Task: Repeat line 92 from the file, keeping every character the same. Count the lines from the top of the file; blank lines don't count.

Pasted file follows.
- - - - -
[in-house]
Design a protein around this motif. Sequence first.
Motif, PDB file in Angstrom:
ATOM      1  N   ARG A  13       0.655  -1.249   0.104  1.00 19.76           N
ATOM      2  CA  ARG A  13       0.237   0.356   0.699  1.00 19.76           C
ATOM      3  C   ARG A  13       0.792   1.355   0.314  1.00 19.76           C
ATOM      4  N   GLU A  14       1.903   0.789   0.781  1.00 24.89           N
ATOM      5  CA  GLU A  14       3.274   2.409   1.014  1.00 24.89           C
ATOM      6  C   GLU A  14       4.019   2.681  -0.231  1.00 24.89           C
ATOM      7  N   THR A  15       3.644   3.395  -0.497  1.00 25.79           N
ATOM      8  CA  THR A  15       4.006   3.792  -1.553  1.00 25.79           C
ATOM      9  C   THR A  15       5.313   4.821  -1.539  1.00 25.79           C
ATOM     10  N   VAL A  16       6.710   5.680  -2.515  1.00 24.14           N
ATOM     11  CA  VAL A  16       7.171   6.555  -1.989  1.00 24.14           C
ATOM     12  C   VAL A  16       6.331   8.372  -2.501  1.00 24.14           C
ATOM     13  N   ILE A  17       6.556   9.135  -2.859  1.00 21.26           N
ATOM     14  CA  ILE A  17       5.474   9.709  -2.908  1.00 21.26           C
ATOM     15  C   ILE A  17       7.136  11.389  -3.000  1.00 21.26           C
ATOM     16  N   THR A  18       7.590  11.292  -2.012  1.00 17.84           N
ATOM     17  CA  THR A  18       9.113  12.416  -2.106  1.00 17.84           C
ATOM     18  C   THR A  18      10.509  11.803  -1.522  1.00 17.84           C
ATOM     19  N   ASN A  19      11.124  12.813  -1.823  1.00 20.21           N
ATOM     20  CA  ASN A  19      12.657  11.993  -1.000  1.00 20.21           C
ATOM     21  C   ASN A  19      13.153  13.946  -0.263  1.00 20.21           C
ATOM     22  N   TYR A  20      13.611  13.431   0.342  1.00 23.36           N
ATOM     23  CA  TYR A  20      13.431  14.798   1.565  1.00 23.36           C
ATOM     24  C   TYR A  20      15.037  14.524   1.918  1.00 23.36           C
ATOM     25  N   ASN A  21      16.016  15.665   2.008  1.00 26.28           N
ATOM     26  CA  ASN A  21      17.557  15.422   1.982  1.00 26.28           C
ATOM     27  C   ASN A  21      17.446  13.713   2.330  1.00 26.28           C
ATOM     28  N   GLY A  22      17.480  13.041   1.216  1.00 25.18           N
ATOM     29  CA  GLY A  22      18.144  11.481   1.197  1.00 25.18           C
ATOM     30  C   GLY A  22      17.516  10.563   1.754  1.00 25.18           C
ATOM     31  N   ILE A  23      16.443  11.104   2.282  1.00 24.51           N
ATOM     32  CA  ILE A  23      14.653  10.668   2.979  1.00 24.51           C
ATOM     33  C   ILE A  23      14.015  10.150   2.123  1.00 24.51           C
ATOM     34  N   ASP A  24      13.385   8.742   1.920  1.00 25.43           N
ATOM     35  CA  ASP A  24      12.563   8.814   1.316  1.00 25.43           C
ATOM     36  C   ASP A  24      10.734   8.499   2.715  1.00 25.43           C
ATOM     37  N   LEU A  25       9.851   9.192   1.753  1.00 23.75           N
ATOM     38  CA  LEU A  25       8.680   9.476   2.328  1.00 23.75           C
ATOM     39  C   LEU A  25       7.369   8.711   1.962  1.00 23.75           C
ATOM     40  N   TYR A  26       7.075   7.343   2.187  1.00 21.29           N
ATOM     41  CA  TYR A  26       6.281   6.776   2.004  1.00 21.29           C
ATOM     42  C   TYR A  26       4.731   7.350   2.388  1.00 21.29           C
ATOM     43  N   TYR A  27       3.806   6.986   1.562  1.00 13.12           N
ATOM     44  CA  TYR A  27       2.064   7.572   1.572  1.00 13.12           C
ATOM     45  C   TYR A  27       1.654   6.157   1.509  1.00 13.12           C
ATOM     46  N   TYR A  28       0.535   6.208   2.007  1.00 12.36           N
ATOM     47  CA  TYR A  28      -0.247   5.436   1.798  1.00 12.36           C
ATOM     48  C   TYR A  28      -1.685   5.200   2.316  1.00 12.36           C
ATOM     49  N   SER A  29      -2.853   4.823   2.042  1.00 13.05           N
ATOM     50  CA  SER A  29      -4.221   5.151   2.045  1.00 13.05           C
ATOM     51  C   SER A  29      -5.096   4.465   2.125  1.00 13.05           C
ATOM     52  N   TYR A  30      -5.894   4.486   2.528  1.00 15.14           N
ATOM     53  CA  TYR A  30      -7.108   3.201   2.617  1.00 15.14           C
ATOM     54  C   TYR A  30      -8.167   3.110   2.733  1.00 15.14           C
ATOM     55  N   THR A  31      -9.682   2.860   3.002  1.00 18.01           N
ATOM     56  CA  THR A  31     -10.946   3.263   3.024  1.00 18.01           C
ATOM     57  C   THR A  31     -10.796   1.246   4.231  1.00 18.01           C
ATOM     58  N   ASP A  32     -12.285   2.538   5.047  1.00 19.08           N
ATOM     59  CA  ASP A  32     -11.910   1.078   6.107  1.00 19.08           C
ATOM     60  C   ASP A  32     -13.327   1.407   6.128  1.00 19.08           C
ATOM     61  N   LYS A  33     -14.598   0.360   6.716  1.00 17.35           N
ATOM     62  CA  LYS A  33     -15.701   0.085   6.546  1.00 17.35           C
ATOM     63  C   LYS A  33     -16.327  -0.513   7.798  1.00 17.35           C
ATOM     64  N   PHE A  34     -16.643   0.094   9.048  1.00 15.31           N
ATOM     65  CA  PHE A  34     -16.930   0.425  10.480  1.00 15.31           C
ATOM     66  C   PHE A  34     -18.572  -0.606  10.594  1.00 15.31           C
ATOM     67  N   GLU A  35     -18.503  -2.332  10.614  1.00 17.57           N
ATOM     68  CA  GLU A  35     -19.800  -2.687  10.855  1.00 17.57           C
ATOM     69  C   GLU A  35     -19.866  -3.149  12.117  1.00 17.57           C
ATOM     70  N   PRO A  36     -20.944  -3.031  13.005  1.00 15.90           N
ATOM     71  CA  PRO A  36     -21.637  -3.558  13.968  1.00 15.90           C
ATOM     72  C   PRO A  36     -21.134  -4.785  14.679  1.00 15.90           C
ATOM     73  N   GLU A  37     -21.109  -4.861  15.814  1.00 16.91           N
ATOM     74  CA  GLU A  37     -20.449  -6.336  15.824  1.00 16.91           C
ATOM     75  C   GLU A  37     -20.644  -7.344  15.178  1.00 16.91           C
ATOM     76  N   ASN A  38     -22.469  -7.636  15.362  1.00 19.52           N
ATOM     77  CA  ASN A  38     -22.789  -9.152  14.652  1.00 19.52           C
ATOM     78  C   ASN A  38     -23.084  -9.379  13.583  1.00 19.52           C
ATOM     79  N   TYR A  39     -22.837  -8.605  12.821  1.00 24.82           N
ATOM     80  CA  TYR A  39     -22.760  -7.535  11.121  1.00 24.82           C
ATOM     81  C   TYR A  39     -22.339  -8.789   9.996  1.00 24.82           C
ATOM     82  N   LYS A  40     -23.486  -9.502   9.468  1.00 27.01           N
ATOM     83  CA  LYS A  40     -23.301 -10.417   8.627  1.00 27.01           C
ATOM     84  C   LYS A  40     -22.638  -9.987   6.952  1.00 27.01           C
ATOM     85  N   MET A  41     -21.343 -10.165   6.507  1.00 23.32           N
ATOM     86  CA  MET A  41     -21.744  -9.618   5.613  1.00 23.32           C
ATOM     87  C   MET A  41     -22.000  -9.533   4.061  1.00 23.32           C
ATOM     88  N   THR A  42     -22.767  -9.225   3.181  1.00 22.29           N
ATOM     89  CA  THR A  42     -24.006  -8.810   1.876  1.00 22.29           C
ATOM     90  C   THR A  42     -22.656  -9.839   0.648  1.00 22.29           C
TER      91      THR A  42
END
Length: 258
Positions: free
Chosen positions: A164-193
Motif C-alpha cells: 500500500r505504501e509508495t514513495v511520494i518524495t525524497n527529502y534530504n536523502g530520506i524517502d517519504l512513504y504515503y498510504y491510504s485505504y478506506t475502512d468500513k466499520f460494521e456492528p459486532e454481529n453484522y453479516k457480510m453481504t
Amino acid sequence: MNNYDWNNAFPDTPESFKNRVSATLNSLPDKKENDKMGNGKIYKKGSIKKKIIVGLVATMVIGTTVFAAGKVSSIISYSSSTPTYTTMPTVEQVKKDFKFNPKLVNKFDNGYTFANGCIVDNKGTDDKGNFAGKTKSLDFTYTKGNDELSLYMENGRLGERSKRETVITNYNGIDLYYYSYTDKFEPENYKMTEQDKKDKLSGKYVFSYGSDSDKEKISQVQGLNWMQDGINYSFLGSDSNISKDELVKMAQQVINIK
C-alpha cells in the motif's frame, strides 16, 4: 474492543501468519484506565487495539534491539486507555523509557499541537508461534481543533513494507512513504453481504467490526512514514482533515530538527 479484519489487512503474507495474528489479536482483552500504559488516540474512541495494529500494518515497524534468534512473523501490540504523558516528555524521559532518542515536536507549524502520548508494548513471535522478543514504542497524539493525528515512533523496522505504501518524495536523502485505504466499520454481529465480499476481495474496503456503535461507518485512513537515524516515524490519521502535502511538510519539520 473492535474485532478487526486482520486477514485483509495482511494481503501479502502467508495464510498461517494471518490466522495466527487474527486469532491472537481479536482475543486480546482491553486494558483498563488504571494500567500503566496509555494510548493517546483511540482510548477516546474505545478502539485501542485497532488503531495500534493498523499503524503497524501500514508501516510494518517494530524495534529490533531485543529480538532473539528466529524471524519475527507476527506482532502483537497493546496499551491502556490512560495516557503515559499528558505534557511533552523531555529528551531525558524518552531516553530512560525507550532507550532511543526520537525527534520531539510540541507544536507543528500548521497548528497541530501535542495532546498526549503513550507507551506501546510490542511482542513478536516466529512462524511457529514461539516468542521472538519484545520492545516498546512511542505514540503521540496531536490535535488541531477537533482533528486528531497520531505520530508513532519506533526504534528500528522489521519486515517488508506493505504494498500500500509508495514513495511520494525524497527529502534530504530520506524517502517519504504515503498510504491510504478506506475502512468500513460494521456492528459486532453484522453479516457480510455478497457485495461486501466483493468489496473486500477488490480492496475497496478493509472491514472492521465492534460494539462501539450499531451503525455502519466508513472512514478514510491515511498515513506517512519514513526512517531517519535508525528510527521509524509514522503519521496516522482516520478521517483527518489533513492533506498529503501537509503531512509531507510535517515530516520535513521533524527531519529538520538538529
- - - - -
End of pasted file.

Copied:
ATOM     89  CA  THR A  42     -24.006  -8.810   1.876  1.00 22.29           C